Leading Article: Save the whale intelligently

Click to follow
AFTER lying forgotten for years at the backs of cupboards, Save the Whale badges are this week likely to reappear on lapels all over Europe and the United States. For the whale is once again becoming the object of the fiercest environmental controversy. In an angry and emotional meeting in Kyoto, Japan, last week, the 34-nation International Whaling Commission refused to authorise Norway and Japan to resume commercial whaling. Furious at the rebuff, the two countries might, in the coming weeks, send their harpoon fleets to sea all the same - raising outrage among environmentalists all over the world, and risking US trade sanctions.

If the whale row turns into a significant diplomatic incident, Norway and Japan will in great part have only themselves to blame. The Norwegian government's support for its whale fishermen and their neighbours is in part a desperate and cynical attempt to revive its waning popularity. In an attempt to make the IWC please those voters, it has cited research of doubtful validity to support its argument that whales may once again be killed for food.

Japan has behaved worse still. Its programme of 'research whaling', in operation since the ban on commercial whaling was imposed in 1987, has been a sham. As any visitor to Tokyo can see, whales have been dying for the sake not of research but of gastronomy; their dark red flesh appears not on the slides of scientists' microscopes, but sliced on neat blobs of vinegared sushi rice. There are also allegations that Japan has used its monstrous overseas aid spending - second only to that of the United States - to strong-arm smaller, poorer countries into supporting its stance.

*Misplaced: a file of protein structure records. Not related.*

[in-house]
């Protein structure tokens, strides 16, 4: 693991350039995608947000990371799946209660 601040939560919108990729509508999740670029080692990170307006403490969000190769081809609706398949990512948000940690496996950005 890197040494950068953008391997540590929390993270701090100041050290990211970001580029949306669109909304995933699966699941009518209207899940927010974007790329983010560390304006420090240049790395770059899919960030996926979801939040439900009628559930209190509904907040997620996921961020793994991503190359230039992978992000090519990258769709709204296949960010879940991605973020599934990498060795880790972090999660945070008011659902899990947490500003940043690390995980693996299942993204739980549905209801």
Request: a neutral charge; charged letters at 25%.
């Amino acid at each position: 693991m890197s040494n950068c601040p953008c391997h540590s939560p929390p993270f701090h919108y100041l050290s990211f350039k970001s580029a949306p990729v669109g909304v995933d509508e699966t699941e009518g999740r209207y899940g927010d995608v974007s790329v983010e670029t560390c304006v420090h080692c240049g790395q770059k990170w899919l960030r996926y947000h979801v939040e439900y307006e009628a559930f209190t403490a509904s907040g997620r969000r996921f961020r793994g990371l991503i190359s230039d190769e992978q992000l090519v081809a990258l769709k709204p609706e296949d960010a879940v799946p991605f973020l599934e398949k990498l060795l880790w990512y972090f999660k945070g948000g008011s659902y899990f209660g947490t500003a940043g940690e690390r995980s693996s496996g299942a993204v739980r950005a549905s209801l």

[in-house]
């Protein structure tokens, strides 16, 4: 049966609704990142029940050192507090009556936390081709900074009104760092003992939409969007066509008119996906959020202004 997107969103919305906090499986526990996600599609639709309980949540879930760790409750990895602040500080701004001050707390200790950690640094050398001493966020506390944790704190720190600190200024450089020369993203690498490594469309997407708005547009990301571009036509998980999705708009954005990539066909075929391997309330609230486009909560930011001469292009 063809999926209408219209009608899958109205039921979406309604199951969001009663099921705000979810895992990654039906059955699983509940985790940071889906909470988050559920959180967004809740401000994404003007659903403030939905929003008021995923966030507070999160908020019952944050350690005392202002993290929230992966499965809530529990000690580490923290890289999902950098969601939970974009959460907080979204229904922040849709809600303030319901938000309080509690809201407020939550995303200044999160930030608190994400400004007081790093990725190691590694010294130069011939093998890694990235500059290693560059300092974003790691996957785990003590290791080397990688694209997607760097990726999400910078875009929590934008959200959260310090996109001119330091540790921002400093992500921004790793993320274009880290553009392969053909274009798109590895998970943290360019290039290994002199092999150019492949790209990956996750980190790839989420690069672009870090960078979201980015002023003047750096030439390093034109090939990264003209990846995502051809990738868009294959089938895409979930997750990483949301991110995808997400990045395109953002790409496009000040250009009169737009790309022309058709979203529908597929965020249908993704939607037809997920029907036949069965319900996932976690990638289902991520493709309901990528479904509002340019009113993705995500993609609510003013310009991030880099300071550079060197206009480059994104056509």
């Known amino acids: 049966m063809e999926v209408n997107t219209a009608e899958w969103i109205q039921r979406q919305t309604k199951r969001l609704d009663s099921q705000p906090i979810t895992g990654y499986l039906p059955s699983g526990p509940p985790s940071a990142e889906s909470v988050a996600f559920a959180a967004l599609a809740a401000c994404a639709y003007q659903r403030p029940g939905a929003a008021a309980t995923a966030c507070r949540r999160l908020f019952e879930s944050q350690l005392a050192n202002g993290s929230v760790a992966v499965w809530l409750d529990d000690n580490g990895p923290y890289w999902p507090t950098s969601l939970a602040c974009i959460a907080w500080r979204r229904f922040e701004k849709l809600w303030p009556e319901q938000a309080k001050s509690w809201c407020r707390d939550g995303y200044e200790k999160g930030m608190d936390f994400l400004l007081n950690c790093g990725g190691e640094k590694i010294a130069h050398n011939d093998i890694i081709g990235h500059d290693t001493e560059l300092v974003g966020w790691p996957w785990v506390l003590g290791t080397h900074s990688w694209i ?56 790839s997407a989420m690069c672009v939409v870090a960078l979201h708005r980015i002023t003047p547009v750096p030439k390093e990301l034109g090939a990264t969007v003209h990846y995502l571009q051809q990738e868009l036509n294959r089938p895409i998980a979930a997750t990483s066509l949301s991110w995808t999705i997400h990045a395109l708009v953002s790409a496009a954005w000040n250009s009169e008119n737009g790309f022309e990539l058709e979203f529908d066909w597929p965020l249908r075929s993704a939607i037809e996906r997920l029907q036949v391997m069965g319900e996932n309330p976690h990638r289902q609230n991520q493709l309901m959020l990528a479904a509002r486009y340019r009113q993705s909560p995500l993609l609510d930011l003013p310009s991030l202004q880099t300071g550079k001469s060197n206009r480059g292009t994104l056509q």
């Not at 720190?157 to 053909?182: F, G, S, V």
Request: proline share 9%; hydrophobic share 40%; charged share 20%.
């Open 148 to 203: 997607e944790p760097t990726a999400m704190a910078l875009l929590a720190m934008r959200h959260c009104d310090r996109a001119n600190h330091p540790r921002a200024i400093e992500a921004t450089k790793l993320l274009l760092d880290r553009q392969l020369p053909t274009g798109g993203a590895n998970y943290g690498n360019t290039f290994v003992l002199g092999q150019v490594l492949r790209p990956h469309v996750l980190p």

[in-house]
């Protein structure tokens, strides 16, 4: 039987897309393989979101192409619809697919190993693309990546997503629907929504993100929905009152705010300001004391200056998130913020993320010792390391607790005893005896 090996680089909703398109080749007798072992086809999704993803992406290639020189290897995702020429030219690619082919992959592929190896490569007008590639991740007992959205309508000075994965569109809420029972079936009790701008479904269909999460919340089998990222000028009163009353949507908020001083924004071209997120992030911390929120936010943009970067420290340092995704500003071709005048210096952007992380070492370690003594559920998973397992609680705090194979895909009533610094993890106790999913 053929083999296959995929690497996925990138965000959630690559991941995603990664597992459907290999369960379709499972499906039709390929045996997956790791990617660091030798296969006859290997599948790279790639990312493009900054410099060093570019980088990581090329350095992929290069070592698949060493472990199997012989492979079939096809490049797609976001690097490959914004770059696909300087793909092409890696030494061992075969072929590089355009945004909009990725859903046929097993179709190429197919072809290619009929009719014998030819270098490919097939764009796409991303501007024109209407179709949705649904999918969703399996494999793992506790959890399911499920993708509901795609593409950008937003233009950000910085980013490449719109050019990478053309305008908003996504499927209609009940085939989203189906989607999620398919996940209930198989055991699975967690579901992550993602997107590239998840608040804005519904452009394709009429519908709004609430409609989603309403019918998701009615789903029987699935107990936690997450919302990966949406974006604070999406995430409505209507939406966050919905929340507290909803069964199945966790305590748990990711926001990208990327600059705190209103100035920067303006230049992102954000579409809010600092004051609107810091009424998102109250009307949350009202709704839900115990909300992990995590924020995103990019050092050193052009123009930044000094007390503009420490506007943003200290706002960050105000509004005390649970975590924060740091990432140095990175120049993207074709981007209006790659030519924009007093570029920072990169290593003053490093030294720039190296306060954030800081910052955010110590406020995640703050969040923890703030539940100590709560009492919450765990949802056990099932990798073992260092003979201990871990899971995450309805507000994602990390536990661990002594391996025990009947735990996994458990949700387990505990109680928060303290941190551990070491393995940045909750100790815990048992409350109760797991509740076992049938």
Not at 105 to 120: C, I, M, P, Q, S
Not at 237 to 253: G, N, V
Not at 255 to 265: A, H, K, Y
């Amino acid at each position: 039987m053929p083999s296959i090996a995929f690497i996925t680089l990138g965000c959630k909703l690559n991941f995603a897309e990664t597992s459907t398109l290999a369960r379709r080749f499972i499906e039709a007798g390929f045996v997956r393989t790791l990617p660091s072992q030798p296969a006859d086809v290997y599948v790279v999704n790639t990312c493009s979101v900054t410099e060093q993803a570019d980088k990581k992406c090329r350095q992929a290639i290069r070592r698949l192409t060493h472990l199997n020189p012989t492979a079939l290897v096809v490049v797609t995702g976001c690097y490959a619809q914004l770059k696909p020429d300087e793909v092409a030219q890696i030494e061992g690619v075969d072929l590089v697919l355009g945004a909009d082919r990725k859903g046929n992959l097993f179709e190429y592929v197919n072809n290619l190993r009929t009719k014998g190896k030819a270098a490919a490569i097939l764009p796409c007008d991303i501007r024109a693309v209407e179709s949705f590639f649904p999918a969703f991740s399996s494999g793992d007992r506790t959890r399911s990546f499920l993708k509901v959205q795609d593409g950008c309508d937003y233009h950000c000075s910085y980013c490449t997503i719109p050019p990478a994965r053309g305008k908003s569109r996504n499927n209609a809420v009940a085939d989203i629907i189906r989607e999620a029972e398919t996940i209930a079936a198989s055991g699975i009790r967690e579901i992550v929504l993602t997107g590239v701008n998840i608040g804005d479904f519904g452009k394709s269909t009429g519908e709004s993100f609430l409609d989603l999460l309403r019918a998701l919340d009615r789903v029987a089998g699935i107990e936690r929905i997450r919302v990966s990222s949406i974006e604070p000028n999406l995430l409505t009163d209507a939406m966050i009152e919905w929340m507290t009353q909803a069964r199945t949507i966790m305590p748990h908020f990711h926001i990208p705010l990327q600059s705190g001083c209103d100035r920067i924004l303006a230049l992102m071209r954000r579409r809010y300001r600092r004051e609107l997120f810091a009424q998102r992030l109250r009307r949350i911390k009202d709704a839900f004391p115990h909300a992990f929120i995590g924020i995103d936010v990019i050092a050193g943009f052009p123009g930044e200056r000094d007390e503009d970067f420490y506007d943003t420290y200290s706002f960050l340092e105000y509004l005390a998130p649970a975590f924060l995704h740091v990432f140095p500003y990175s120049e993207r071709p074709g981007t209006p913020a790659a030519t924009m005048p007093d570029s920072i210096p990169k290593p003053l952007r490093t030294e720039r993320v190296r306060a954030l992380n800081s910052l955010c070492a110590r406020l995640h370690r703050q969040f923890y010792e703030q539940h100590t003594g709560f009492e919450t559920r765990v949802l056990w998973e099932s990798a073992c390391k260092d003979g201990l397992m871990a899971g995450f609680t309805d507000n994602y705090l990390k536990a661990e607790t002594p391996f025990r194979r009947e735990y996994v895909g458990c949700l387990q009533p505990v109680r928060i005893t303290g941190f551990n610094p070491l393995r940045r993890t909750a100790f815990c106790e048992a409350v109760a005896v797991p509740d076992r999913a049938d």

Yet far from handling the issue with the diplomatic delicacy it deserves, the anti-whaling nations have made things worse. At last week's meeting, the US delegation in effect declared for the first time that it opposes commercial whaling in any circumstances; and the British delegation focused much of its attention on complaining about the inhumane way in which the whales are killed. This new tack played fully into the whalers' hands. Yes, they conceded, whales are beautiful and noble creatures. But why should they enjoy a protection from man that other animals do not? And if whaling is cruel, why should foxes be hunted, chickens be raised in battery conditions, cows killed for their leather and baby seals clubbed to death for their silky coats?

Allowing the argument to shift on to this murky ground will do the whales themselves no service. What makes the whale special is that several of its species have become extinct since the beginning of large-scale commercial culling in the 19th century - and that if the fleets are unrestrained, the whale may go the way of the dodo. Rather than attack the Norwegians and Japanese for their eating habits, therefore, the rest of the world should stick to facts. Until the world can be absolutely, unshakeably sure that the population of every whale species is sustainable and growing, it should tell the two nations to keep their fleets in port. That argument, not emotion, is what will save the whale.